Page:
* TSX up 96.58 points, or 0.63 percent, at 15,495.69
* Nine of the TSX’s 10 main groups gain
TORONTO, Feb 3 (Reuters) - Canada’s main stock index rose on Friday, led by heavyweight financial and energy shares as oil rose and investors weighed a much stronger-than-expected increase in U.S. nonfarm payrolls.
Gains for financials came as the possibility of simpler U.S. bank regulations drove up U.S. bank stocks. Many large Canadian banks have sizable operations in the United States.
Royal Bank of Canada rose 1 percent to C$94.63, while the overall financials group gained nearly 1 percent.
U.S. job growth surged more than expected in January but a smaller-than-expected increase in wages may reduce pressure on the Federal Reserve to raise interest rates in the near term.
Gold prices rose as a weaker case for near-term interest rate hikes pressured the U.S. dollar, while U.S. crude prices were up 0.7 percent to $53.91 a barrel as investors weighed the possibility of new sanctions on Iran.
The increase in oil prices helped push energy stocks 0.2 percent higher, with Suncor Energy Inc climbing 1.1 percent to C$40.95.
At 11:02 a.m. ET (1602 GMT), the Toronto Stock Exchange’s S&P/TSX composite index rose 96.58 points, or 0.63 percent, to 15,495.69.
Last week the index came within 11 points of its all-time high at 15,685.13. But it has retreated 0.5 percent this week, pressured by uncertainty over U.S. trade policy with Canada under the new administration of President Donald Trump.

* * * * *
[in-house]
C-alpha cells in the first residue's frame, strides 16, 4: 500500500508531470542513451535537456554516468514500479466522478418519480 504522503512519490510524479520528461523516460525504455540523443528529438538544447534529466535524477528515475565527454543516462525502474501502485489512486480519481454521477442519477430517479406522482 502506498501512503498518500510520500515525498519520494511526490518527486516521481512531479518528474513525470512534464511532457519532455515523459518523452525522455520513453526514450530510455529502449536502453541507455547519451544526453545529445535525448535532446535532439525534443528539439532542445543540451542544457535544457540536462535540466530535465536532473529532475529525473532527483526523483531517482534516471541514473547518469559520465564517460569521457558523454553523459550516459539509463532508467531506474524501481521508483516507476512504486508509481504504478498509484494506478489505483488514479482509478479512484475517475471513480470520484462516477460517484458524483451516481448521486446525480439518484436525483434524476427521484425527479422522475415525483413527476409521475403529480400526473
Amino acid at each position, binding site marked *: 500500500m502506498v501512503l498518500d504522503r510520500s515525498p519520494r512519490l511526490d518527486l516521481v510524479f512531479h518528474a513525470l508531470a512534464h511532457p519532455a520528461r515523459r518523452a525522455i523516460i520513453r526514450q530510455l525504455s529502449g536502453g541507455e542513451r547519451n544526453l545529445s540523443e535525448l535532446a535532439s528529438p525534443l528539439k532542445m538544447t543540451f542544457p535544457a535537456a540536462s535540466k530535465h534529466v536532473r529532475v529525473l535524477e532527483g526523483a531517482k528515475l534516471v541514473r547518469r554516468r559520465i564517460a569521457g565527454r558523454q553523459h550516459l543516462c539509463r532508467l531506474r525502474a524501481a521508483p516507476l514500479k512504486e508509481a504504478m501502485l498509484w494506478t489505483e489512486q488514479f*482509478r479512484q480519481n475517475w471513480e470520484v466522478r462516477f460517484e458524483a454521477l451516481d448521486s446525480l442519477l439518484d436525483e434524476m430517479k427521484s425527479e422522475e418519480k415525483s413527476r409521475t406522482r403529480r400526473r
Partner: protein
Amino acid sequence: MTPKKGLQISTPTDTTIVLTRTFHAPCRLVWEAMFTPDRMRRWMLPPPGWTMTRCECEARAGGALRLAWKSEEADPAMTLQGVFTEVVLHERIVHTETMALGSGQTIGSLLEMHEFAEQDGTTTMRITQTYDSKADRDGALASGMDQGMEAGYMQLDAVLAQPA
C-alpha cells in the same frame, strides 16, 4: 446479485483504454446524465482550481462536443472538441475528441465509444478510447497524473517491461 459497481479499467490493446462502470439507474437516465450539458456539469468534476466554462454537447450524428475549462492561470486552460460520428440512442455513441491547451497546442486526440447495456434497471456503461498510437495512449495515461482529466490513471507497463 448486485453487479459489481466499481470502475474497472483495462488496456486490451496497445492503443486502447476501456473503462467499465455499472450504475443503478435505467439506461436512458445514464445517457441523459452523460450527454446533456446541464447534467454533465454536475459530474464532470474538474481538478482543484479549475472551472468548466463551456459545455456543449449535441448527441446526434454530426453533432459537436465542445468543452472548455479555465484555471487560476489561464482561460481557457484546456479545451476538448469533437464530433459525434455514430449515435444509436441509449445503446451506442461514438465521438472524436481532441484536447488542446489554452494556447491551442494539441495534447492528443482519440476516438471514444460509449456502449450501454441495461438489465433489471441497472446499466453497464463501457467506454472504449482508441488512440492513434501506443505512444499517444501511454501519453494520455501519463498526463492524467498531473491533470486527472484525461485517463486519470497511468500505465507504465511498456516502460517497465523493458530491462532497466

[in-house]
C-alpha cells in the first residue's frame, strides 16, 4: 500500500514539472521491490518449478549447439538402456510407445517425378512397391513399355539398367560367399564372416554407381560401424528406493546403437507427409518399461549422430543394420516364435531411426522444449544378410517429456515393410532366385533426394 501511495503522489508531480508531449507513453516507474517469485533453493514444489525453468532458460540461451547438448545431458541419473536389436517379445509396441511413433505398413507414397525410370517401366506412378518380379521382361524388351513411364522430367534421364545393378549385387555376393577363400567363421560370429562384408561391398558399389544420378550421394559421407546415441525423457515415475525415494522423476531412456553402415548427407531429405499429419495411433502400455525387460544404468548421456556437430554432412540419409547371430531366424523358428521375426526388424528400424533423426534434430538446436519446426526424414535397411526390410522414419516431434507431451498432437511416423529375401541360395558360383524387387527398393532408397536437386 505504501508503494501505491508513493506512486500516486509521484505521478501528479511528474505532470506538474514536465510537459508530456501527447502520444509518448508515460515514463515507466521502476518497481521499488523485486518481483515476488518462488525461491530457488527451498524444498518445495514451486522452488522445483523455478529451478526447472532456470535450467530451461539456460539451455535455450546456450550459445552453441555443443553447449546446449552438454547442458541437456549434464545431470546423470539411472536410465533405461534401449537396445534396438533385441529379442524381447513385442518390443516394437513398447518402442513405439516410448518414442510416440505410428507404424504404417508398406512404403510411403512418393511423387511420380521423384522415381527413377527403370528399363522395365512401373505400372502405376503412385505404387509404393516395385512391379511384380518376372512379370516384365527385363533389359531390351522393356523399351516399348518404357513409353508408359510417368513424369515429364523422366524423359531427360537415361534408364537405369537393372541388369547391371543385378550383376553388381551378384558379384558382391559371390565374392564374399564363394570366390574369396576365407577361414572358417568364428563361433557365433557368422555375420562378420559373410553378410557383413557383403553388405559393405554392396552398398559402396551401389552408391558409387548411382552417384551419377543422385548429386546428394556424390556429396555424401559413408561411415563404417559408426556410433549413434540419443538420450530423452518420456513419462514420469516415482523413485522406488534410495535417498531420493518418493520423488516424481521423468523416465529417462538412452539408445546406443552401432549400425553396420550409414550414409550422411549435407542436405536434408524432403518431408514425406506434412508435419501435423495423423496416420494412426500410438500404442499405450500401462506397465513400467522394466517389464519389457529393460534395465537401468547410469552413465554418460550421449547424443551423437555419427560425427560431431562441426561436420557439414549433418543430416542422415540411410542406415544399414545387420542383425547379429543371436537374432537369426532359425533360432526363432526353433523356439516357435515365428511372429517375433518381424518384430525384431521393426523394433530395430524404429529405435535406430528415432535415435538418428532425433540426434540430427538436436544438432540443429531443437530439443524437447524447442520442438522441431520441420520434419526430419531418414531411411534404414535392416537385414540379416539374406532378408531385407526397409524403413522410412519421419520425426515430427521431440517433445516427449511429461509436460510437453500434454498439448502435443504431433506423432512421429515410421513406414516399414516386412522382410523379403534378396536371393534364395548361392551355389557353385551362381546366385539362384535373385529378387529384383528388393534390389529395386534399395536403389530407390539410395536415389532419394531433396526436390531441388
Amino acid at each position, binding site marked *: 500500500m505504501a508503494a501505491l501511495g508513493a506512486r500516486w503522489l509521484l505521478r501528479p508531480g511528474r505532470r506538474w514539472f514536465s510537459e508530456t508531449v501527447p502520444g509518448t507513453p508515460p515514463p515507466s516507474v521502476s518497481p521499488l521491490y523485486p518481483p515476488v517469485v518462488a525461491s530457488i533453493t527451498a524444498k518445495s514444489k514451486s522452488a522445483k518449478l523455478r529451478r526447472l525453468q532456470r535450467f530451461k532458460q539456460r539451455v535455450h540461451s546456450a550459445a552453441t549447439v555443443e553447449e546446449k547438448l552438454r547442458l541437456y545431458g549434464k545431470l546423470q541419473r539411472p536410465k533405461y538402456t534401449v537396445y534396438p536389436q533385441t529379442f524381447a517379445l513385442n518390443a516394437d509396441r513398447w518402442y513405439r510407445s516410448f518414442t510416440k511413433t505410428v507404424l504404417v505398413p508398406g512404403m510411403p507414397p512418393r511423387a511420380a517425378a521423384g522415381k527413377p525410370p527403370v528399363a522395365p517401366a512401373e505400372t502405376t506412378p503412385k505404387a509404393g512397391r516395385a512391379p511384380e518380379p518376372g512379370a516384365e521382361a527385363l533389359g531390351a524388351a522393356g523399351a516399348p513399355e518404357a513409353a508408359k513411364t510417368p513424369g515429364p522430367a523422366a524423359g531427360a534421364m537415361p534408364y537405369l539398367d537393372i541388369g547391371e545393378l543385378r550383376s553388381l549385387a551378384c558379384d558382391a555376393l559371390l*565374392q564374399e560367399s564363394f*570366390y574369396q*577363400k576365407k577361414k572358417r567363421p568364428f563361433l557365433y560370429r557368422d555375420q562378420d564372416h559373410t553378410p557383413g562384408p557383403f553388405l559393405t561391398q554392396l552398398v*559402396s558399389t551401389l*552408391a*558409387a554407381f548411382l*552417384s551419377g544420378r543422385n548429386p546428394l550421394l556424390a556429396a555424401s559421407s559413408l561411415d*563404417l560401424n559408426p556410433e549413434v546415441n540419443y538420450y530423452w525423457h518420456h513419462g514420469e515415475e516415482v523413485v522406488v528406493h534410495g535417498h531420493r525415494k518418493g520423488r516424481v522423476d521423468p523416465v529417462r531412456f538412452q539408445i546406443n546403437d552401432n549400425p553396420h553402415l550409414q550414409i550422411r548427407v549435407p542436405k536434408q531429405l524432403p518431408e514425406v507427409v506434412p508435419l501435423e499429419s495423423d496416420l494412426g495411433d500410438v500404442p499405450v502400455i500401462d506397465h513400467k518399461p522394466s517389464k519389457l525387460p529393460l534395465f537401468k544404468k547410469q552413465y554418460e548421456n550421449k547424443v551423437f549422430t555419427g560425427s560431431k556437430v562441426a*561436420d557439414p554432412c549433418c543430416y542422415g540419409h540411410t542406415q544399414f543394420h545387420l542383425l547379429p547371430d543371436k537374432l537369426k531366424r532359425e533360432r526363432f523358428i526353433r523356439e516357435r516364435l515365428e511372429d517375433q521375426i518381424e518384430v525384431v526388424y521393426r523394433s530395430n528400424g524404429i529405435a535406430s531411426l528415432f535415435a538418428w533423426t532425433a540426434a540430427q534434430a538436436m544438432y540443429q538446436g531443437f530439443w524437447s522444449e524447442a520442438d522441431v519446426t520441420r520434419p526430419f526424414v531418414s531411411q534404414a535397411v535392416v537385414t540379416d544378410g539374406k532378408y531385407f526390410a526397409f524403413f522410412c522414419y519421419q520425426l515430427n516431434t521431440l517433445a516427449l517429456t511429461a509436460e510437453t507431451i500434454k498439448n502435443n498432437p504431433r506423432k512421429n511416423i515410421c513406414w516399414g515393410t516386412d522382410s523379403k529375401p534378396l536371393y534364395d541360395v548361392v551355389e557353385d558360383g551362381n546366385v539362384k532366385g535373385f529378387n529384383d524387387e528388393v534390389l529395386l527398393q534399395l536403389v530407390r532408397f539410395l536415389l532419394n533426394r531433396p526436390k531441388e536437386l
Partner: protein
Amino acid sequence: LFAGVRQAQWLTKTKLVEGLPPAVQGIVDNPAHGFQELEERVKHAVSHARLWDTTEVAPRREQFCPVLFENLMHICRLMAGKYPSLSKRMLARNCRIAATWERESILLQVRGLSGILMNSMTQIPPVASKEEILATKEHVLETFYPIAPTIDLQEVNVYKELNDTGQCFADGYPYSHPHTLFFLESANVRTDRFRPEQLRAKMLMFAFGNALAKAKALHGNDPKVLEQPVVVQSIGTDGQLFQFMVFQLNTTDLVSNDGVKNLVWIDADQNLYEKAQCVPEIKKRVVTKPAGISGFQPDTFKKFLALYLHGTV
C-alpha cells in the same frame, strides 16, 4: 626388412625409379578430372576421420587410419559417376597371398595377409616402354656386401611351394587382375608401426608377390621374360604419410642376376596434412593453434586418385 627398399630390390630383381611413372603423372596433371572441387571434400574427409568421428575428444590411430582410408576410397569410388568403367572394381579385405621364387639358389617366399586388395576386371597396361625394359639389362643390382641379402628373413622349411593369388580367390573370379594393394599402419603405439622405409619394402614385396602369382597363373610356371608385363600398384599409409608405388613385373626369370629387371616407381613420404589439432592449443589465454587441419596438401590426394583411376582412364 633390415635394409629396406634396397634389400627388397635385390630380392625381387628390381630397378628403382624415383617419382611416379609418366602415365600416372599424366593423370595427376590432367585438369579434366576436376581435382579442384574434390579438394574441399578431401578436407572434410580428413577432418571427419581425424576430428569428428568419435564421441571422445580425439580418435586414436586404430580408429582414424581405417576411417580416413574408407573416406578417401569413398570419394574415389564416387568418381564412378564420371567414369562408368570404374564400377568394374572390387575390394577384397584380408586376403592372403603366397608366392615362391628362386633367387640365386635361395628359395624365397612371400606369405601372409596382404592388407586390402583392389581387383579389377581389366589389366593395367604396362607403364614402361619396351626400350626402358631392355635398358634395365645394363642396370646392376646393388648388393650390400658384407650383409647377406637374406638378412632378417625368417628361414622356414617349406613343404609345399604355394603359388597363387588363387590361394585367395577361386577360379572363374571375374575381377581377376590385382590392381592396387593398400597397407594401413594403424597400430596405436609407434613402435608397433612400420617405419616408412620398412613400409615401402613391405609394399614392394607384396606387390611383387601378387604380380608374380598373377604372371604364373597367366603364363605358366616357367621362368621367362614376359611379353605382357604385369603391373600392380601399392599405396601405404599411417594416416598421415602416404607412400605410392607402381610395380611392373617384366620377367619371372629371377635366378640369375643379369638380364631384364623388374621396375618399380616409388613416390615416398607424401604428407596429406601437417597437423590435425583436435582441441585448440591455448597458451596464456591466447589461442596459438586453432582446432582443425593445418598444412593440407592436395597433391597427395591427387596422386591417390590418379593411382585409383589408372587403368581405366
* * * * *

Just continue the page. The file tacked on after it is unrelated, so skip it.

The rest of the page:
Canadian Prime Minister Justin Trudeau is taking a low key approach to dealing with Trump, seeking to avoid clashes while indirectly signaling the two leaders’ differences to a domestic audience.
Department store operator Hudson’s Bay Co has made a takeover approach to U.S. department store chain Macy’s Inc , the Wall Street Journal reported, citing sources.
Shares of Hudson’s Bay jumped 4.7 percent to C$10.47.
Industrials rose 0.5 percent as railroad stocks gained, while the materials group, which includes miners and fertilizer companies, added 0.2 percent.
Just one of the index’s 10 main groups fell, with telecoms dipping 0.1 percent. (Reporting by Fergal Smith Editing by W Simon)
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